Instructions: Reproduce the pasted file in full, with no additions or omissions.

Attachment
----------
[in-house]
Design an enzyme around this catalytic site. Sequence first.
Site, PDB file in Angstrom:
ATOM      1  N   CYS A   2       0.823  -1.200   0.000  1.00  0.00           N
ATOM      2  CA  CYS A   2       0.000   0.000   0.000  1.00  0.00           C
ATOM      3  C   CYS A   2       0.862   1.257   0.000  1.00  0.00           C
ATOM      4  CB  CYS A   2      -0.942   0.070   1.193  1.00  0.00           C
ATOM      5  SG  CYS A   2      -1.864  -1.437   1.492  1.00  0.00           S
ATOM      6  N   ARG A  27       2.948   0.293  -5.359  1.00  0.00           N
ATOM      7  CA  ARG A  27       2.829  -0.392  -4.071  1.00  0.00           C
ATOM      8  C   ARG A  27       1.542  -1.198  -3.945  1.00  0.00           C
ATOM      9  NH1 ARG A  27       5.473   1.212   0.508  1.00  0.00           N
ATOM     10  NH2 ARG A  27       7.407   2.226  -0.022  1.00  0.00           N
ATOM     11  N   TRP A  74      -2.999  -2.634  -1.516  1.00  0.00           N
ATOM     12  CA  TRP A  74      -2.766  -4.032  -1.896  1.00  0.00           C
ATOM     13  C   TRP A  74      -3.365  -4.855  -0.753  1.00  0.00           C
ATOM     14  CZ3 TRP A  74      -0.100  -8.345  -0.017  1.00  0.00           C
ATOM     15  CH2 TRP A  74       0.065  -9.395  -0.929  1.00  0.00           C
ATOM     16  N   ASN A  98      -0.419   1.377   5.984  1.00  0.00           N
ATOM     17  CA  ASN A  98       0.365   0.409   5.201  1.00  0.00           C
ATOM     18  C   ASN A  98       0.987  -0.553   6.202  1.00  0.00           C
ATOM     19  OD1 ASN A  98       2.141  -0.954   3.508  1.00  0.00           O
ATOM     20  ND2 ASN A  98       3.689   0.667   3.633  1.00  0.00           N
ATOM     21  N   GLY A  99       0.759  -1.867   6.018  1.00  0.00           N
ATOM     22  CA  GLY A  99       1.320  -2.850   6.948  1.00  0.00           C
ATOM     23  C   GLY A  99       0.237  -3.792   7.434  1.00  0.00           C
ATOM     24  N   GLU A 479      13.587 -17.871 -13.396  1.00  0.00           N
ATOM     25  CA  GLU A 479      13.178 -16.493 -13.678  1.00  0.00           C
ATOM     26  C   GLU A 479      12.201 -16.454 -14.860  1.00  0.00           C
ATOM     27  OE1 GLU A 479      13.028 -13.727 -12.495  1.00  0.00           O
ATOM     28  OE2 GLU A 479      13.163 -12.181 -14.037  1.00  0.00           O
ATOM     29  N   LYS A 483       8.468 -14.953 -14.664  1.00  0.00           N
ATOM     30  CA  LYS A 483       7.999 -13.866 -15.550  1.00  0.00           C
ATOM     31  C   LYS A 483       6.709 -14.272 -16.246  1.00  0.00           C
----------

[in-house]
Design an enzyme around this catalytic site. Sequence first.
Site, PDB file in Angstrom:
ATOM      1  N   CYS A   2       0.823  -1.200   0.000  1.00  0.00           N
ATOM      2  CA  CYS A   2       0.000   0.000   0.000  1.00  0.00           C
ATOM      3  C   CYS A   2       0.862   1.257   0.000  1.00  0.00           C
ATOM      4  CB  CYS A   2      -0.942   0.070   1.193  1.00  0.00           C
ATOM      5  SG  CYS A   2      -1.864  -1.437   1.492  1.00  0.00           S
ATOM      6  N   ARG A  27       2.948   0.293  -5.359  1.00  0.00           N
ATOM      7  CA  ARG A  27       2.829  -0.392  -4.071  1.00  0.00           C
ATOM      8  C   ARG A  27       1.542  -1.198  -3.945  1.00  0.00           C
ATOM      9  NH1 ARG A  27       5.473   1.212   0.508  1.00  0.00           N
ATOM     10  NH2 ARG A  27       7.407   2.226  -0.022  1.00  0.00           N
ATOM     11  N   TRP A  74      -2.999  -2.634  -1.516  1.00  0.00           N
ATOM     12  CA  TRP A  74      -2.766  -4.032  -1.896  1.00  0.00           C
ATOM     13  C   TRP A  74      -3.365  -4.855  -0.753  1.00  0.00           C
ATOM     14  CZ3 TRP A  74      -0.100  -8.345  -0.017  1.00  0.00           C
ATOM     15  CH2 TRP A  74       0.065  -9.395  -0.929  1.00  0.00           C
ATOM     16  N   ASN A  98      -0.419   1.377   5.984  1.00  0.00           N
ATOM     17  CA  ASN A  98       0.365   0.409   5.201  1.00  0.00           C
ATOM     18  C   ASN A  98       0.987  -0.553   6.202  1.00  0.00           C
ATOM     19  OD1 ASN A  98       2.141  -0.954   3.508  1.00  0.00           O
ATOM     20  ND2 ASN A  98       3.689   0.667   3.633  1.00  0.00           N
ATOM     21  N   GLY A  99       0.759  -1.867   6.018  1.00  0.00           N
ATOM     22  CA  GLY A  99       1.320  -2.850   6.948  1.00  0.00           C
ATOM     23  C   GLY A  99       0.237  -3.792   7.434  1.00  0.00           C
ATOM     24  N   GLU A 479      13.587 -17.871 -13.396  1.00  0.00           N
ATOM     25  CA  GLU A 479      13.178 -16.493 -13.678  1.00  0.00           C
ATOM     26  C   GLU A 479      12.201 -16.454 -14.860  1.00  0.00           C
ATOM     27  OE1 GLU A 479      13.028 -13.727 -12.495  1.00  0.00           O
ATOM     28  OE2 GLU A 479      13.163 -12.181 -14.037  1.00  0.00           O
ATOM     29  N   LYS A 483       8.468 -14.953 -14.664  1.00  0.00           N
ATOM     30  CA  LYS A 483       7.999 -13.866 -15.550  1.00  0.00           C
ATOM     31  C   LYS A 483       6.709 -14.272 -16.246  1.00  0.00           C